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How to Prevent Food Poisoning

By , February 8th, 2011 | 3 Comments »

Two weeks ago I got food poisoning. I got it from a deli sandwich that either had bad mayo or meat on it. This wasn’t a little, twenty-four hour case of food poisoning, either. This was a full-blown-week-long-have-to-go-to-the-doctor-because-I’m-dangerously-dehydrated kind of food poisoning. Let me tell you, it wasn’t fun. (Although losing eleven pounds in a week was kind of thrilling.) Aside from being miserable it was expensive, what with the doctor’s visits, medications, and missed work.

The only way I could have prevented this unpleasantness was to have stuck with my frugality and not eaten out that day. But, since it was a small celebration, I went. Unfortunately, the person who was celebrating chose the restaurant and it didn’t have that great of a sanitation grade. I didn’t want to rock the boat, so I went along and I paid the price. This isn’t to say that you should never eat out, but there are some ways to prevent or reduce your risk of getting food poisoning and thus incurring the misery and expenses involved.

Wash everything: Wash all of your produce when you get it home, even things that are “pre-washed.” The washing it got at the factory may not have been sufficient to remove all bacteria.

Check sanitation grades: When eating out, check the sanitation grade of the restaurant. The higher the better.

Don’t eat anything that’s expired: Once food is past it’s expiration date, be very careful. Some foods can be eaten after they’ve technically “expired,” but others go bad fast. If it smells off or has a strange taste, toss it.

Don’t eat out often: The more you eat out, the more you put yourself at risk. You don’t have control over food preparation at a restaurant and you’re relying on them to obey all the rules. Most do, but some cut corners and that can be bad news for you.

Be picky about restaurant food: When eating out, decline things like mayonnaise, mayo based dressings, and egg or mayo based salads. Many restaurants do a good job with these items, but these items are also great breeders of food borne bacteria. If they are not properly refrigerated at all times, it’s very easy for them to develop illness causing bacteria.

Cook everything thoroughly: Cook everything to it’s recommended temperature. Eating raw or undercooked food is begging for food poisoning.

Clean your hands, counters, utensils, and cutting boards thoroughly after preparing meats and other risky foods: And don’t use the knife or cutting board you used for meat for other things without thoroughly cleaning them first. If possible, keep two cutting boards and use one for meat and the other for everything else. And wash your hands before eating!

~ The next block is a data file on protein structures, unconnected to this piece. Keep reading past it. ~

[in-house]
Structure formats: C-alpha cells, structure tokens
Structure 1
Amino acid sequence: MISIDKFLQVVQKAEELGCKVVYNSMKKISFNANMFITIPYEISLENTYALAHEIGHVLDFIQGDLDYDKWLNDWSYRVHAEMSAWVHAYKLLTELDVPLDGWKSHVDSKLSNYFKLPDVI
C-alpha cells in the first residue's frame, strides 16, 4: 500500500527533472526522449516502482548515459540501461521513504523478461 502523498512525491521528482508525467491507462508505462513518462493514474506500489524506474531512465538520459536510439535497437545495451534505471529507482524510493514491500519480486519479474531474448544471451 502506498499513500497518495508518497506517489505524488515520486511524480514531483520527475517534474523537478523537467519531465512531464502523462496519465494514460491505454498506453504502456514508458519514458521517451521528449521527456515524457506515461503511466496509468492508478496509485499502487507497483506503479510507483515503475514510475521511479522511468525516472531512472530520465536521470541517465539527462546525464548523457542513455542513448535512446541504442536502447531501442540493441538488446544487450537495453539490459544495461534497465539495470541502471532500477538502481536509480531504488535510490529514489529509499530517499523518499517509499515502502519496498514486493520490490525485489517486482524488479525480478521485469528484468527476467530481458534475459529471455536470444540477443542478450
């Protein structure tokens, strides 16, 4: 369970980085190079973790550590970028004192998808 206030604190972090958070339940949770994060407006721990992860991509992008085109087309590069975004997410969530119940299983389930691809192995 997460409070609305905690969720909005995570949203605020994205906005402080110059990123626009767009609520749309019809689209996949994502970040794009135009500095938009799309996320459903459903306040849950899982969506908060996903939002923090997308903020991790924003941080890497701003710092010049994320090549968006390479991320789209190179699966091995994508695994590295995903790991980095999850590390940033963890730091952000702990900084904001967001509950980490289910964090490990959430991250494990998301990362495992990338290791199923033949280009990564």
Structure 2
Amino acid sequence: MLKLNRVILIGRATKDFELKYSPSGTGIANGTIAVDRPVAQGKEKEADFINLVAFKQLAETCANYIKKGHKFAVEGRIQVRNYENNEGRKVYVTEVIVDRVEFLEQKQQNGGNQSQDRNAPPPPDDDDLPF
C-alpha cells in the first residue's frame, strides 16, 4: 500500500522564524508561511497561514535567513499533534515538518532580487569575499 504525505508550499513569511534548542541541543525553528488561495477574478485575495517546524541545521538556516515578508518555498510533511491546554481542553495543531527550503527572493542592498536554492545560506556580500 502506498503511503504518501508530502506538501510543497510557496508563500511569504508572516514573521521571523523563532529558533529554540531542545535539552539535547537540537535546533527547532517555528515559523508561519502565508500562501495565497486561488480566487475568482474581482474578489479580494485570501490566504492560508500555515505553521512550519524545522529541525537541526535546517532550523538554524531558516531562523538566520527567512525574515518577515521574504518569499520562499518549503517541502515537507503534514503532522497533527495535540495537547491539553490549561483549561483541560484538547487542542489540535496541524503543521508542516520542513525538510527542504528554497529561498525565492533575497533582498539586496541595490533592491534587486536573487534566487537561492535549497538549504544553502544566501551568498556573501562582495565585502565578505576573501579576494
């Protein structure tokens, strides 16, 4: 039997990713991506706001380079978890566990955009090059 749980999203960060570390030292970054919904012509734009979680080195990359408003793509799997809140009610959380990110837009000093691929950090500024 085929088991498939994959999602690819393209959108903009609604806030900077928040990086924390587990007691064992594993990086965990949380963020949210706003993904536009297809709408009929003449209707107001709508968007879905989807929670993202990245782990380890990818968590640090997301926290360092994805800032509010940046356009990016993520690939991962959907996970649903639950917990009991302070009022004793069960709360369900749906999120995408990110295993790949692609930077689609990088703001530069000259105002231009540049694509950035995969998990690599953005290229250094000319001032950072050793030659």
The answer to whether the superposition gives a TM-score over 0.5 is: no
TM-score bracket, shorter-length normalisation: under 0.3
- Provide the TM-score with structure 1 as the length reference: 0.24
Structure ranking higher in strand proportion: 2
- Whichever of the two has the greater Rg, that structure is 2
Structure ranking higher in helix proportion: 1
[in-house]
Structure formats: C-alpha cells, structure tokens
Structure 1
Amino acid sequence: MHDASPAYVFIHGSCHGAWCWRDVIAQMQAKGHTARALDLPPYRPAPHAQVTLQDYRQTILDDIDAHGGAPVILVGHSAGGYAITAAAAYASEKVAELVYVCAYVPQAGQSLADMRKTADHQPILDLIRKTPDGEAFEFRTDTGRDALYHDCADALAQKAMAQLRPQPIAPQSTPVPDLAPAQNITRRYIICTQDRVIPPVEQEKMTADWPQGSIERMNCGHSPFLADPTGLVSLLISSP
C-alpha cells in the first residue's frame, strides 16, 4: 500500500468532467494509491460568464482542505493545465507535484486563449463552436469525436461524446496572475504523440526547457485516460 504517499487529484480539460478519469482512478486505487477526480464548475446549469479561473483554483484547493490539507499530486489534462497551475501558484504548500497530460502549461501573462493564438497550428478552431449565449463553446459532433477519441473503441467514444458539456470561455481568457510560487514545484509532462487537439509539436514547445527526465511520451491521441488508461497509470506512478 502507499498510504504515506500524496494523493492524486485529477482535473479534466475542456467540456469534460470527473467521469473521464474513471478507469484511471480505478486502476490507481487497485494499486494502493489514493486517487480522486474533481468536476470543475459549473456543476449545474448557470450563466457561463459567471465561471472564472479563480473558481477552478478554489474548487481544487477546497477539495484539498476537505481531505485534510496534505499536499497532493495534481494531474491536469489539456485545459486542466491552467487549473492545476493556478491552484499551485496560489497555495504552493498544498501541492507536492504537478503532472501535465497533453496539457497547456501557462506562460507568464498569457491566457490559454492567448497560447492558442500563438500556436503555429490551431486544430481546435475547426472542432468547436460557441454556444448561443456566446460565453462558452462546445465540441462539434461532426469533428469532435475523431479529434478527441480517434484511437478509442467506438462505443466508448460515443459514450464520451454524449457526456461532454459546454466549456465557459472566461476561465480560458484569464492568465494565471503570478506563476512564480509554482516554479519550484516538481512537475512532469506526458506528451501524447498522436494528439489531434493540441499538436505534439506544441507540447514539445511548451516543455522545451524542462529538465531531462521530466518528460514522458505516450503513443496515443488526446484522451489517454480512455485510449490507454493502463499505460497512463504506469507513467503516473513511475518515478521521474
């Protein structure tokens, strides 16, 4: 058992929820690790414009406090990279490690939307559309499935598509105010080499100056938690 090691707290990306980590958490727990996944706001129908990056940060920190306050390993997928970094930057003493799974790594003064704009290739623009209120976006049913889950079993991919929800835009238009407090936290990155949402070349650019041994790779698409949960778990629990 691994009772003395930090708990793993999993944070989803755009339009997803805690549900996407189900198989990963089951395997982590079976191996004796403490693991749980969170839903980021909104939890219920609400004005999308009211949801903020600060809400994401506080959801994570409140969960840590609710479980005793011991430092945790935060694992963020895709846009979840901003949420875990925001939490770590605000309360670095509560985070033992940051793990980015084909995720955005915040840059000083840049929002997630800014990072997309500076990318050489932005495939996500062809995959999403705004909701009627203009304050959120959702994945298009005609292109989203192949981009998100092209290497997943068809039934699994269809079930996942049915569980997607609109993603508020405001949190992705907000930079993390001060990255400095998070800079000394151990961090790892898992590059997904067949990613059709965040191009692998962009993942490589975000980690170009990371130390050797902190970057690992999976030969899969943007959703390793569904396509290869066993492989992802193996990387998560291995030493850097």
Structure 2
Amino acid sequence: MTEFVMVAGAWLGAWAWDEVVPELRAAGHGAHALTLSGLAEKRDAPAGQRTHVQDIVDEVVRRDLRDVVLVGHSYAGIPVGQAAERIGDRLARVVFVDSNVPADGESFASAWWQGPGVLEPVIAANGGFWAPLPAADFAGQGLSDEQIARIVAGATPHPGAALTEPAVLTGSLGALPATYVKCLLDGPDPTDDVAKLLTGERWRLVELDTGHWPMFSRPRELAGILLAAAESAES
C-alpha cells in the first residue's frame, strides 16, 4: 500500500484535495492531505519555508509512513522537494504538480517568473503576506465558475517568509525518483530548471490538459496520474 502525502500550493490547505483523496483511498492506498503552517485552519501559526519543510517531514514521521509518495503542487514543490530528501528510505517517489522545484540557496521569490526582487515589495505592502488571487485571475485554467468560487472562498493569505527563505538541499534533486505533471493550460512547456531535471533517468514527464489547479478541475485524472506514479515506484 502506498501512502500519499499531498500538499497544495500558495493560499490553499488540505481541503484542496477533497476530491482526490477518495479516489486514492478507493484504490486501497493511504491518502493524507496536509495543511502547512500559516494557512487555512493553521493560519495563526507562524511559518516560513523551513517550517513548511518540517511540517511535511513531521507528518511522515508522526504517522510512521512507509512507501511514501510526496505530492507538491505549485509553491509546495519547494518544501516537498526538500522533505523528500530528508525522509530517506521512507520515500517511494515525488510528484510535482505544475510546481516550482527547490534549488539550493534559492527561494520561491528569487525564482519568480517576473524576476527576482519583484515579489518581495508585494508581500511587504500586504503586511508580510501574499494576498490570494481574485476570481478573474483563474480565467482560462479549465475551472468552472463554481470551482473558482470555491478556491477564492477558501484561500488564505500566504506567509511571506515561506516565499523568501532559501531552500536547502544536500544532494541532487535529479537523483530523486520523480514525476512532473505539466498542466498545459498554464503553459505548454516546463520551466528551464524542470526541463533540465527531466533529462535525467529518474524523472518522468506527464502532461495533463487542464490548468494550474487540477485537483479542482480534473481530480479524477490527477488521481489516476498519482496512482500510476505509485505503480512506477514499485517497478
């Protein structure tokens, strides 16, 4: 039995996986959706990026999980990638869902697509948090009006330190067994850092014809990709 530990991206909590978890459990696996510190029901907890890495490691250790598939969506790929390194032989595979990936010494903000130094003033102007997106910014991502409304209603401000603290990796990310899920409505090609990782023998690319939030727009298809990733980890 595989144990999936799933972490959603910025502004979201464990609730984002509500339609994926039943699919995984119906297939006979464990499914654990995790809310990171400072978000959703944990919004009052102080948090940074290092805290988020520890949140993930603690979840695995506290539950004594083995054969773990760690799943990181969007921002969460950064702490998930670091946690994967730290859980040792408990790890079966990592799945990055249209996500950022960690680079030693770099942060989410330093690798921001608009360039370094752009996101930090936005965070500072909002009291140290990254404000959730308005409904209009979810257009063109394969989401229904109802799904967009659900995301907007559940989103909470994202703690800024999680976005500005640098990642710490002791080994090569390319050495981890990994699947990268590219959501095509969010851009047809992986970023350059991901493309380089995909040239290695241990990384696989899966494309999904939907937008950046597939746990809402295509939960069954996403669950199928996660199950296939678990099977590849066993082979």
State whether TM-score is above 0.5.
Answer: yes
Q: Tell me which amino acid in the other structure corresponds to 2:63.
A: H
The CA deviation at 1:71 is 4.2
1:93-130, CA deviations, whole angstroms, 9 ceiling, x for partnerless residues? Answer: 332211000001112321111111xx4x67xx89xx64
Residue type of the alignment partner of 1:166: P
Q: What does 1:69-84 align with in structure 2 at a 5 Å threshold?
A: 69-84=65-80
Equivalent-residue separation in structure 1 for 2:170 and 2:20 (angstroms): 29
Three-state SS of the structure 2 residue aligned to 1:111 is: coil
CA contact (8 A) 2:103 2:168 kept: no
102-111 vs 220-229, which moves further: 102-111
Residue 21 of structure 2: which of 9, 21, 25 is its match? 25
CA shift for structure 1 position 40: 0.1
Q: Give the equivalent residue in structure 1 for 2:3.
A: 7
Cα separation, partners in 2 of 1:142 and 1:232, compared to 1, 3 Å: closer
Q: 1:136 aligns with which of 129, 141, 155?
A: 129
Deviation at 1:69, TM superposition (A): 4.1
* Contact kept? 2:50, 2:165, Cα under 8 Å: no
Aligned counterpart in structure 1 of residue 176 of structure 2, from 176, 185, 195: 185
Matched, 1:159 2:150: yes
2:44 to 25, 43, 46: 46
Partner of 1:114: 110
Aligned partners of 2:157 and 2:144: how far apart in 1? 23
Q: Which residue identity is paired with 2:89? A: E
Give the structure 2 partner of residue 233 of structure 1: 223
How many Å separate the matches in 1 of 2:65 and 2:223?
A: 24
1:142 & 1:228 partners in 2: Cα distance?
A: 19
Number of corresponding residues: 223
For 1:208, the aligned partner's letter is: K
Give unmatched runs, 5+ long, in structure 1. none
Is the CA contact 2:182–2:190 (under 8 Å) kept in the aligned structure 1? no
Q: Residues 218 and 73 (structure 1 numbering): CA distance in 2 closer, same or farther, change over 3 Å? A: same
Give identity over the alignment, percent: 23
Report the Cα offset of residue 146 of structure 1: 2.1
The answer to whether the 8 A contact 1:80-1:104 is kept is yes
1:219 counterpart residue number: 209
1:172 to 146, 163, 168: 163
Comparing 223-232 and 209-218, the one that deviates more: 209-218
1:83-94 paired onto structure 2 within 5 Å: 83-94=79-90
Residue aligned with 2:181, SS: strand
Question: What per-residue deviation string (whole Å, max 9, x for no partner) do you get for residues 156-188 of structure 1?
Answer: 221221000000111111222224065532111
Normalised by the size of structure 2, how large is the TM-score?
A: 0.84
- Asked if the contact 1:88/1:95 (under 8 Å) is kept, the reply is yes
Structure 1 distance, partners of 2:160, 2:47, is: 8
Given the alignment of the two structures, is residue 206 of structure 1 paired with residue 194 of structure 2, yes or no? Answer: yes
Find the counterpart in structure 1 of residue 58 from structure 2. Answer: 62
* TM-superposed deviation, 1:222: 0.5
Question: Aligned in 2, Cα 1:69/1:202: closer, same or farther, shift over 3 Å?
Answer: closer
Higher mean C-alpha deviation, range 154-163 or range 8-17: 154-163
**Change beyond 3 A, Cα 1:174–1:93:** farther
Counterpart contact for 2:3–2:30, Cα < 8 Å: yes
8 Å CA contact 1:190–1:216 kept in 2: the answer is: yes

Be careful when thawing food: Don’t thaw it on a counter or outside. Put it in the fridge or use the microwave.

Promptly refrigerate leftovers: Don’t leave them on the counter or picnic table for hours. Get them in the cooler as soon as possible.

Get food home in a hurry: Do your grocery shopping last so your meats, cheeses. and dairy products get into the fridge promptly. Don’t go grocery shopping and then run five more errands before heading home. This is particularly true in the summer heat.

Go with your gut: If it looks funny, smells bad, or tastes strange, throw it away or, if at a restaurant, send it back and ask for something else. Don’t be shy about protecting your health.

Don’t be afraid to ask to go to a different restaurant: This was my tragic mistake. I knew the place we were going wasn’t that great as far as sanitation goes, but I didn’t want to say anything. I should have asked if there was somewhere else we could go.

If, despite your best efforts, you suspect you have food poisoning, get to the doctor immediately. Like an idiot, I waited too long and it took more time (and money) to get me back to normal. You may not be able to prevent every case of food poisoning, but taking some simple precautions can keep you from enduring what I just did.

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  • Jawnsonboots says:

    The mayo thing is a myth that just won’t die. The more dangerous things are eggs and potatoes if you want to lay blame. Commercially packaged mayo is pasteurized and has a high acid content which slows bacteria growth.


    Otherwise these are good tips that people should definitely pay attention to… specifically the one where you say to pay attention to your gut feeling.

  • Dido says:

    IF you have sanitation grades on eating establishments. The vast majority of us don’t. California has had them for a decade, but NYC just instituted them six months ago, and then NC and SC have them, but otherwise, you’ll find them in few areas of the country at this point in time.

  • anyi says:

    Great article but it would be worth letting people know that most food poisoning occurs from foods where there is no smell, taste or sight of the pathogens.


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